The researcher’s finding findings also display that the males vs. females ratio context does seem to predict the cheating attitudes among the sexes. Male students in specific when told in ahead of time that they will be wide-open to the task multiple times before the task initiates in classrooms with mastery cultures, where learning is the lead objective, are less likely to justify cheating or see it as more probable, than those that were in performance cultures where the grade is every bit vital. However, females in specific when are told in ahead of time that they will be wide-open to the task multiple times before the task initiates in classrooms with good instead of poor pedagogy are less probable to justify their cheating, less likely to believe it is possible, and more likely to look at it as being immoral; the females allocate more blame for cheating to the student. With that said, these findings are similar to those discovered in previous studies with male vs. females.
When examining whether these personality traits cooperate with classroom context, some conclusions are steady with the researcher’s predictions. Careful students appear to be the ones that are showing less favorable attitudes toward when it comes to cheating: it appears that they are less likely to put the blame on the teacher, even when the pedagogy is considered to be poor. Students in specific when told in ahead of time that they will be wide-open to the task multiple times before the task instructs higher in openness to experience are less probable to see cheating as justified, irrespective of the classroom culture.
Limitations of Research
One limitation of our study is that our dependent variables are attitudes that are in regards about cheating, instead of cheating behavior itself. Even though research designs studying actual cheating may deliver more direct evidence in regards to behavior, they are more harder. On the other hand, past theory and research support that attitudes are projecting of behavior (Day, 2011)and that attitudes about dishonesty or moral behavior are connected with actual cheating (Sierra, 2006).
Directions for future research
As talked about above, increasing the range of personality and other individual change measures would progress our understanding of the person and the context in forecasting cheating. Other personality concepts, for instance locus of control and self efficacy, could display sturdier results when in communication with context variables. Further research would need to examine other context variables that may could forecast cheating. For instance, business students’ characters could reflect the school’s disciplinary strengths (Jenkel, 2012); if this is factual, programs highlighting moral behavior and attitudes could permit business schools to entice and/or progress personality traits related with honesty.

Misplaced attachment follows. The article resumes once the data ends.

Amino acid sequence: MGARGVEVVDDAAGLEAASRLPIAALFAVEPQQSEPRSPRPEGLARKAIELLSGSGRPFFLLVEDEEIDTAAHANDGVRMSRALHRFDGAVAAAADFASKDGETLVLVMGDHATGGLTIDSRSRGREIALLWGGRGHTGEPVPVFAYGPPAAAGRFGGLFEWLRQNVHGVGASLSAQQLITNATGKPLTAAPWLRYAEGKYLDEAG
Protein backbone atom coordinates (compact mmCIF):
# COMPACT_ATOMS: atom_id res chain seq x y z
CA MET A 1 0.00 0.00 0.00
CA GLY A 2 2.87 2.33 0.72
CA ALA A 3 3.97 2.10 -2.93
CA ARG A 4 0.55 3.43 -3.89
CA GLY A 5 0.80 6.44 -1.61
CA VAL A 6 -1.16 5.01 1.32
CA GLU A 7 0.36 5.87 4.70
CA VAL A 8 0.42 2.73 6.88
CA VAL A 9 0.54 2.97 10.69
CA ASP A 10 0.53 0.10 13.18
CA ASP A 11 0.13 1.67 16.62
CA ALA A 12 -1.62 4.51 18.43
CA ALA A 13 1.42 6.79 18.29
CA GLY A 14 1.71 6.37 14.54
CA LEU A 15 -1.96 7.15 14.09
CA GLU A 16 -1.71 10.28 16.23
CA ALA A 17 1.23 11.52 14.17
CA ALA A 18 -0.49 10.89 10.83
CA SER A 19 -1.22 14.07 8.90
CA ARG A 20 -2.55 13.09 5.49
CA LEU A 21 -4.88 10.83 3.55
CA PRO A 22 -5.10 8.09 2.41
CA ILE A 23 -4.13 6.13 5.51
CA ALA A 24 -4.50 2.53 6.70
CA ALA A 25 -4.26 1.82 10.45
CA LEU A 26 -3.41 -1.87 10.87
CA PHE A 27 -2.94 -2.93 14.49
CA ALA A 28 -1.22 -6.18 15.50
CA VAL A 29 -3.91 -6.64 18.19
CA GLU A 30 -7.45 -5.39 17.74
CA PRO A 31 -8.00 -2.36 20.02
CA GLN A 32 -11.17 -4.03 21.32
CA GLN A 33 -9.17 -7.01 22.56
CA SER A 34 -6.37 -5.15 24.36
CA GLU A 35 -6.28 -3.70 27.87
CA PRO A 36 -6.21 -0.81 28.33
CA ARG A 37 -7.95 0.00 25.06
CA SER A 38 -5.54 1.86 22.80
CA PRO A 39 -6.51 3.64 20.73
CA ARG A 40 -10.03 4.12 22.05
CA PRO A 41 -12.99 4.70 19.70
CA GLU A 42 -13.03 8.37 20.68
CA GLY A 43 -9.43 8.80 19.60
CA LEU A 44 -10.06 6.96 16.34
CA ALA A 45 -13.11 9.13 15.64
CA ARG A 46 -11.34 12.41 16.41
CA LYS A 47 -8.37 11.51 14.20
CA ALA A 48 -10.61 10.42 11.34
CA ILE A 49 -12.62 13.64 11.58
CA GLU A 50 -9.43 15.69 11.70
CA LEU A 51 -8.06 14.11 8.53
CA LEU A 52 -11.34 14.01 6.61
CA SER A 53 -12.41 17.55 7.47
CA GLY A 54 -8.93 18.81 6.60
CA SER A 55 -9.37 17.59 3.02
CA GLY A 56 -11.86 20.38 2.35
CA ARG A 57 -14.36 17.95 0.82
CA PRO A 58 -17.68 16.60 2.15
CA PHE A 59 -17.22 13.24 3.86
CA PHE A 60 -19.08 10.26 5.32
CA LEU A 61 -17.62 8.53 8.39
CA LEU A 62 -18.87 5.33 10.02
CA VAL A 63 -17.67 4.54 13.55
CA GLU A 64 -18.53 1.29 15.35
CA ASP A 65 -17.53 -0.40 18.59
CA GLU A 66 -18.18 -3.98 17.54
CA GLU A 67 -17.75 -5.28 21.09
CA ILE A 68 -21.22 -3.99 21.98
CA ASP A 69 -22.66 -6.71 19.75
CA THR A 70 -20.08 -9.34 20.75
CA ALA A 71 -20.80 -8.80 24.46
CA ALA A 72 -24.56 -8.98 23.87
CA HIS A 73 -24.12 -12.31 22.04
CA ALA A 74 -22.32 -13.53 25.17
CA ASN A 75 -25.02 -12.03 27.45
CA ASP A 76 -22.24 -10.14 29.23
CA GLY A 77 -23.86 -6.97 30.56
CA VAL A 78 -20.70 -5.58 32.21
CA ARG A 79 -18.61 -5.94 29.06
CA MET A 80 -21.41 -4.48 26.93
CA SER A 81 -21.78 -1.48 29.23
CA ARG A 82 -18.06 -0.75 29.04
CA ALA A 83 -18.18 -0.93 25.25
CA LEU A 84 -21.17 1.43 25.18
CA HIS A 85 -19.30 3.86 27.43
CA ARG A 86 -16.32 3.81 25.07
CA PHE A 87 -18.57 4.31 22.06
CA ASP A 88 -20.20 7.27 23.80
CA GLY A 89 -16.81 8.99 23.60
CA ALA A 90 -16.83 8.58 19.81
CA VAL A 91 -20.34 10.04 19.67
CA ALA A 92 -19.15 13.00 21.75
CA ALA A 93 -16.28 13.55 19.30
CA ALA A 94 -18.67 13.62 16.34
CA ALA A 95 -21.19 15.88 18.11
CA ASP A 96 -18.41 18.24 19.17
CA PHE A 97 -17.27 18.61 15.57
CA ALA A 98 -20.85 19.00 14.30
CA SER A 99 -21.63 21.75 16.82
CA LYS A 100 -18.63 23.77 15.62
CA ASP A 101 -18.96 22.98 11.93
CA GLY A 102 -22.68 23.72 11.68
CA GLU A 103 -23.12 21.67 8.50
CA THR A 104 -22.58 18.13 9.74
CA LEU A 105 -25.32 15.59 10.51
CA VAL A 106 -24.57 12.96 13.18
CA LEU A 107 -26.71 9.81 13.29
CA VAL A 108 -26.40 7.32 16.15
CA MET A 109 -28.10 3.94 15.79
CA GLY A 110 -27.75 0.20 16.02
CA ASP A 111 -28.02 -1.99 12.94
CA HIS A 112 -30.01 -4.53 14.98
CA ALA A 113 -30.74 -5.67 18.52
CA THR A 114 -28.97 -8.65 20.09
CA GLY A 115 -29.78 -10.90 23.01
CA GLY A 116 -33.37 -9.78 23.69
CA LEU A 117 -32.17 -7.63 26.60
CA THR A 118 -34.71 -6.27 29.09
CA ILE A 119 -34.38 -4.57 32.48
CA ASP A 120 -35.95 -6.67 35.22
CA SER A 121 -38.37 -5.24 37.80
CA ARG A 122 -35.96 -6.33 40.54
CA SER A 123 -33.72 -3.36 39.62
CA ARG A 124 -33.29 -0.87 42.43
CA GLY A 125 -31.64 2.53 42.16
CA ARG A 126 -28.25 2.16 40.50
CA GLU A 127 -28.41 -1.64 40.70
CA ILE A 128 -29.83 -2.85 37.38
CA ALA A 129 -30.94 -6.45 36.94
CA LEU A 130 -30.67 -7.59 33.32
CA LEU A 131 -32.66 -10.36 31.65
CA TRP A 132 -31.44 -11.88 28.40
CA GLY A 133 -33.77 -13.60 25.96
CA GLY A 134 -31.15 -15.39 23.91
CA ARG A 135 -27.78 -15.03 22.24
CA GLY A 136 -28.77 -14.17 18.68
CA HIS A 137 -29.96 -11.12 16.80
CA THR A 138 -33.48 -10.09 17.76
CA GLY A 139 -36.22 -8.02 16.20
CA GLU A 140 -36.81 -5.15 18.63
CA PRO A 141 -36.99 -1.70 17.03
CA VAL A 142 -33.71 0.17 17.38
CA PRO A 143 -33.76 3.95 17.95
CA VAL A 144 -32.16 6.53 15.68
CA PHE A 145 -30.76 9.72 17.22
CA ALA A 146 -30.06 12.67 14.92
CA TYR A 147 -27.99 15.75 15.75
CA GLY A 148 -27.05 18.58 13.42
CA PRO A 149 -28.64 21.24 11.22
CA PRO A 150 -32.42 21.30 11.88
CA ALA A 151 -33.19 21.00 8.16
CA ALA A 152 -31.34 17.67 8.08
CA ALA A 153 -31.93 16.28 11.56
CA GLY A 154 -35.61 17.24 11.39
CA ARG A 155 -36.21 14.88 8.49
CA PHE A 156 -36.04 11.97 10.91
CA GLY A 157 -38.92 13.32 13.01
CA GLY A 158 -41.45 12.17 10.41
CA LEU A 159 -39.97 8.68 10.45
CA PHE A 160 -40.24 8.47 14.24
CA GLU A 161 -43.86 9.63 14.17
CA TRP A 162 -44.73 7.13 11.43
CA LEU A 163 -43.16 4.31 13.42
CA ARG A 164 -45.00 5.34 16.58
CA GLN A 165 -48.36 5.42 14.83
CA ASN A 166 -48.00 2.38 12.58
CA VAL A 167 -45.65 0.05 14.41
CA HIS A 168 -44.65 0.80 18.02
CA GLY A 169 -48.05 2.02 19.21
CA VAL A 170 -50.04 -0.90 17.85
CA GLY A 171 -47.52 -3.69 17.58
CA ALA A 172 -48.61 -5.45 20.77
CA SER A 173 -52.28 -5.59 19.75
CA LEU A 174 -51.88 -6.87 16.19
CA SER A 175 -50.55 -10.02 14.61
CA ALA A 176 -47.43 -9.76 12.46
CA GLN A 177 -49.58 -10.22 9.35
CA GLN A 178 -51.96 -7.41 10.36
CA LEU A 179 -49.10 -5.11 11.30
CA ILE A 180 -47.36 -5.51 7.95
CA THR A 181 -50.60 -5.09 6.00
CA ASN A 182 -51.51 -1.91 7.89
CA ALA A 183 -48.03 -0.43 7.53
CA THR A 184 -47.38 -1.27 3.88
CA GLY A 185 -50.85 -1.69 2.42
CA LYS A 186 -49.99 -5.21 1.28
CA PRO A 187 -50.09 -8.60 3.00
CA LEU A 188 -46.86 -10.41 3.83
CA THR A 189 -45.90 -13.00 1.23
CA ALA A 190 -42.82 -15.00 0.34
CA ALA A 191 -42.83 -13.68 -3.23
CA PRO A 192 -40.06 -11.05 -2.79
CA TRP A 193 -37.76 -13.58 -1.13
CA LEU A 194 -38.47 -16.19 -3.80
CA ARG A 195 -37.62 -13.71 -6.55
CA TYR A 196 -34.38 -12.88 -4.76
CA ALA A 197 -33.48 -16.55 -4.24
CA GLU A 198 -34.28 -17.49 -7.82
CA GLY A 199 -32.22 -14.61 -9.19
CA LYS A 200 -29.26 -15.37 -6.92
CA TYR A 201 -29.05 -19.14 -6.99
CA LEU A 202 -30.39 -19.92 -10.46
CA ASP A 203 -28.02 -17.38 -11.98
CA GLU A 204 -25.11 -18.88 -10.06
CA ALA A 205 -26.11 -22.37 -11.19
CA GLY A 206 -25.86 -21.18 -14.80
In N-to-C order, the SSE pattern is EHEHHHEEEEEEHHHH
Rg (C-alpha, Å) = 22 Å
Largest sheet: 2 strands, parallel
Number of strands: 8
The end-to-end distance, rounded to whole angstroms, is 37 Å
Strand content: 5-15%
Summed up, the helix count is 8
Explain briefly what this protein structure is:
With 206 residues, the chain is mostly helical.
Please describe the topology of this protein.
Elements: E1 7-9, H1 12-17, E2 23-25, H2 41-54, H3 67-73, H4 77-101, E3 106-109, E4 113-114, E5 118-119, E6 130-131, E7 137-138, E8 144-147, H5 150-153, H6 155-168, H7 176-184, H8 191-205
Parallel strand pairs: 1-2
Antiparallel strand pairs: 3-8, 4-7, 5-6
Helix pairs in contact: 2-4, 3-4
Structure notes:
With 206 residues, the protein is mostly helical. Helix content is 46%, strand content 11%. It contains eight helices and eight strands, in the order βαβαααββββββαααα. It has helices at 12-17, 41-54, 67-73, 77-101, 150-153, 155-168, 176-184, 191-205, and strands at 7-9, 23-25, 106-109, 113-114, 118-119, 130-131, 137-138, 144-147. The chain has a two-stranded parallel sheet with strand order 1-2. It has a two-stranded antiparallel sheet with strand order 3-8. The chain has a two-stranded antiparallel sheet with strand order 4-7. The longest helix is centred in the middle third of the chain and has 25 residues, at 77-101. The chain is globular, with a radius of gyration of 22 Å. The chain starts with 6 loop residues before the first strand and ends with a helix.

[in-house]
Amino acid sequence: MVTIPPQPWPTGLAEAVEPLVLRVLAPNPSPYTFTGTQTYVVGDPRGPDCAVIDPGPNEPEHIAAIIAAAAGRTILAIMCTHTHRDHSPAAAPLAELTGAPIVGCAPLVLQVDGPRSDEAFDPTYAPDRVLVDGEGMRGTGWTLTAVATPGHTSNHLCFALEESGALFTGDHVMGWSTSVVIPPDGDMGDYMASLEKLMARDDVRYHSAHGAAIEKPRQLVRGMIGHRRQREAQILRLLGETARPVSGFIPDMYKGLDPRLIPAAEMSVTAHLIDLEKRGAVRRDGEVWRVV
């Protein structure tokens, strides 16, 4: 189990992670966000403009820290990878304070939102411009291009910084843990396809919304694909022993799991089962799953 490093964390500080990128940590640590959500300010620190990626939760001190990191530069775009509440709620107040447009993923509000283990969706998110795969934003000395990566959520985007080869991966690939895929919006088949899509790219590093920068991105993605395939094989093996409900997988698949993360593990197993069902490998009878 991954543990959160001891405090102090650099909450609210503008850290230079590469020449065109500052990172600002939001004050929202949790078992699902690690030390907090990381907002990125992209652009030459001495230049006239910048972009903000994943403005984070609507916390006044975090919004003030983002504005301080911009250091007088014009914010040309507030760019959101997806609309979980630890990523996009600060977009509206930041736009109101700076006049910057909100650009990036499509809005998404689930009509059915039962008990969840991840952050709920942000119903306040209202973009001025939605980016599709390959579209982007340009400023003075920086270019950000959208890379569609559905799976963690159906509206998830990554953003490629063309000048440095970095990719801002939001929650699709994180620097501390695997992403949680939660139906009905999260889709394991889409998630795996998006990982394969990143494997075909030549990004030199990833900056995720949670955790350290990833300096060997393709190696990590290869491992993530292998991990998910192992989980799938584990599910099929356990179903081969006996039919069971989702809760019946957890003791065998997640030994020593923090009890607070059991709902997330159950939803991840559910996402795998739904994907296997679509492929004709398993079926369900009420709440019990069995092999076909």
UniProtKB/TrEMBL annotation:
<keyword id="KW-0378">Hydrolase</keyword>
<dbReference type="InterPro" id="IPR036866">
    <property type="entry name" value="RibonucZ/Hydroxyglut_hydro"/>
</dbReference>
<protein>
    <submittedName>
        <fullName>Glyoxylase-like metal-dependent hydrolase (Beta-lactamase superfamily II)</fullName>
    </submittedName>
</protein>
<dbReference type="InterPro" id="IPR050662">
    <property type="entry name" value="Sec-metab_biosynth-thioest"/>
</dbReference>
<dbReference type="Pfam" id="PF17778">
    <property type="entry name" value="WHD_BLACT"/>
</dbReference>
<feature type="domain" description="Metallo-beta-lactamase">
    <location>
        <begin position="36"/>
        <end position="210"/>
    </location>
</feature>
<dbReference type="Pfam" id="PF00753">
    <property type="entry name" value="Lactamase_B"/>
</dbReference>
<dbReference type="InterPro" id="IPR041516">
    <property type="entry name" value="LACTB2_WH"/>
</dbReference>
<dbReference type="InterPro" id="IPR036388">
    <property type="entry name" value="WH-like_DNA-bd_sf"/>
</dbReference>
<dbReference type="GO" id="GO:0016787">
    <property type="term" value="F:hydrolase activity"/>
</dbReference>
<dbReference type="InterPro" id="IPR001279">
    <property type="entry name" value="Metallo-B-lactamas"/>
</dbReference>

Becker, D. R. (2009). The ethic of care and student cheating. Journal of American Academy of Business, Cambridge,, 14(2), 204-209.
Day, N. E. (2011). Student or situation? personality and classroom context as predictors of attitudes about business school cheating. Social Psychology of Education : An International Journal, 34(6), 261-282.
Jenkel, I. &. (2012). Influences on students' decisions to report cheating: A laboratory experiment. Journal of Academic Ethics, 10(2), 123-136.
Mazar, N. &. (2006). Dishonesty in Everyday Life and its Policy Implications.”. Journal of Public Policy and Marketing, 25(1), 117-126.
Mazar, N. A. (2008). The dishonesty of honest people: a theory of self-concept maintainance. Journal of Marketing Research, 45, 633-644.
Rettinger, D. A. (2009). Situational and personal causes of student cheating. Research in Higher Education, 50(3), 293-313.
Schuhmann, P. W. (2013). Using the scenario method to analyze cheating behaviors. Journal of Academic Ethics, 11(1), 213-234.
Sierra, J. J. (2006). A dual-process model of cheating intentions. Journal of Marketing Education, 28(3), 193-204.
Woodbine, G. F. (2013). Dishonesty in the classroom: The effect of cognitive dissonance and the mitigating influence of religious commitment. Journal of Academic Ethics, 11(2), 139-155.
Zito, N. &. (2010). Cheating themselves out of an education: Assignments that promote higher-order thinking and honesty in the middle grades. Middle School Journal,, 42(2), 6-16.